Here, as in Hurtado, supra, 67 Cal.App.3d 633 the evidence required to prove the red light infraction was sufficiently distinct from that required to prove the charges in the DUI case so as to permit separate prosecutions. Although the red light infraction and the DUI offenses were recorded in the same police report, all that is needed to prove the red light infraction is proof defendant rolled through that light. The fact defendant was intoxicated when he did so is not relevant to his liability for this infraction of the Vehicle Code. Conversely, the evidence needed to prove the DUI offenses was supplied by the observations the officers made after defendant was stopped, his failure to successfully perform various field sobriety tests, and his subsequent BAC testing. This evidence depended in no way on the circumstances that led to defendant being pulled over. The offenses are thus factually distinct.
While it is true that had defendant chosen to contest the red light infraction, both he and the officer who pulled him over would have been required to participate in two proceedings, defendant “created his own problems of harassment” by failing to “have consolidated the actions at some time prior to his appearance in response to the [red light infraction] citation.” (Stackhouse v. Municipal Court (1976) 63 Cal.App.3d 243, 247; see also People v. Hartfield (1970) 11 Cal.App.3d 1073, 1080 [the defendant “could at any time have avoided any harassment by moving for consolidation of the charges”].) “Moreover, Kellett states that the rule against multiple prosecutions is inapplicable where, as here, such prosecutions occur because of the lack of a common prosecutor and the risk of waste and harassment of multiple prosecutions is outweighed by the risk that a defendant guilty of a [greater offense] will escape proper punishment.” (Stackhouse v. Municipal Court, supra, 63 Cal.App.3d at p. 247.) Here, there is no assertion the district attorney's office handled the prosecution of the red light infraction. Indeed, district attorney's offices typically play a limited role in the prosecution of routine traffic offenses. (See, e.g., Dennis B., supra, 18 Cal.3d at p. 693.) And given the summary nature of minor traffic violation proceedings, the risk of waste and harassment inherent in allowing the subsequent DUI prosecution in this case is substantially outweighed by the prospect defendant would otherwise escape proper punishment for a very serious misdemeanor simply because he paid a traffic ticket related to factually distinct conduct that led to his being pulled over and thereafter arrested for DUI.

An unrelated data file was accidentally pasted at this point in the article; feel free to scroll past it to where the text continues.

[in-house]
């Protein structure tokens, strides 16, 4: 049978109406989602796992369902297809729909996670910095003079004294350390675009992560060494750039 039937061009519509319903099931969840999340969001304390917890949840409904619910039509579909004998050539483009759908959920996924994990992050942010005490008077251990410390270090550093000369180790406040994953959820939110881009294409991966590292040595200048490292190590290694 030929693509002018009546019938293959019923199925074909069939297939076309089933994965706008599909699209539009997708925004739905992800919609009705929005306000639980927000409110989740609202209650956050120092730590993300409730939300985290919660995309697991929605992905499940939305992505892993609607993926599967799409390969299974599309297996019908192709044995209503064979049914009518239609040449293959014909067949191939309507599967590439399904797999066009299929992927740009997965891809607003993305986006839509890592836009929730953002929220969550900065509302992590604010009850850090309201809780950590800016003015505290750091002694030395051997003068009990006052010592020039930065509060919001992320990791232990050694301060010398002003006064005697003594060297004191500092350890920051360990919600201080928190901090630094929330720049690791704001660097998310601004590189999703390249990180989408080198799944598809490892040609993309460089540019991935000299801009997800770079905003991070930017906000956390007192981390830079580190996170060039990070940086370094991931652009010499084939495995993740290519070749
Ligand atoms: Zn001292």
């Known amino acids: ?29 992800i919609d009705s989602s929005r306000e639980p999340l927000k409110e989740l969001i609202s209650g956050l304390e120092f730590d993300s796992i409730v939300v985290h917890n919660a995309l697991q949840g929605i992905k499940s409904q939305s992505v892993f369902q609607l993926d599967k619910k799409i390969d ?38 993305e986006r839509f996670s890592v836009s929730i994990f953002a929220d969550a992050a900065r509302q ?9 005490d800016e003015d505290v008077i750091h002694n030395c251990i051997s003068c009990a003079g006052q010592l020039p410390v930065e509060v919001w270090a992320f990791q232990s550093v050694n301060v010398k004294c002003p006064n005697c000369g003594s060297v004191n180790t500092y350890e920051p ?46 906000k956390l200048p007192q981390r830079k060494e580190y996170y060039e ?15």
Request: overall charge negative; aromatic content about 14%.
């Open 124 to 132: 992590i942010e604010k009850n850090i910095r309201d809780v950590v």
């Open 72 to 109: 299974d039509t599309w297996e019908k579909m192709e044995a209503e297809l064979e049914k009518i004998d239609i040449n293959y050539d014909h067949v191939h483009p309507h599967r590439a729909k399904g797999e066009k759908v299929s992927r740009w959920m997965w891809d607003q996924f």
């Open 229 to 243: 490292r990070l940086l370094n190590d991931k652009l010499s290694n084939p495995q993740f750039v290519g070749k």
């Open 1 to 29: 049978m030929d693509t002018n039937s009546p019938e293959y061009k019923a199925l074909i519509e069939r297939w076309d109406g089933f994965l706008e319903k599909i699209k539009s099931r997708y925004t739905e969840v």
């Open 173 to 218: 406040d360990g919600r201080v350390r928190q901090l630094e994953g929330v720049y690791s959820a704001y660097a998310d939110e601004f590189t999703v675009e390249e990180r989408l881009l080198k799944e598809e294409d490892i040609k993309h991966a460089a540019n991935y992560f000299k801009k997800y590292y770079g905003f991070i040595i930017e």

Nevertheless, defendant contends there is “no dispute that the failure to stop offense and the [DUI] offense arise from the same course of conduct” because “the failure to stop offense [led] to the [DUI] offense.” He then argues the second step of the analysis, i.e., the prosecutor either knew or reasonably should have known about both offenses because both were recounted in the police report. However, as we have explained, the test for resolving the first step of the analysis is not whether one offense led to the second offense. If that were the test, Hurtado, supra, 67 Cal.App.3d 633 would have been decided quite differently. There, it will be recalled, it was the defendant's DUI arrest that caused him to attempt to hide the cigarette packet containing heroin, thereby leading to the narcotics charges. However, because the offenses were factually distinct, separate prosecutions were permissible under Kellett, supra, 63 Cal.2d 822. So too here.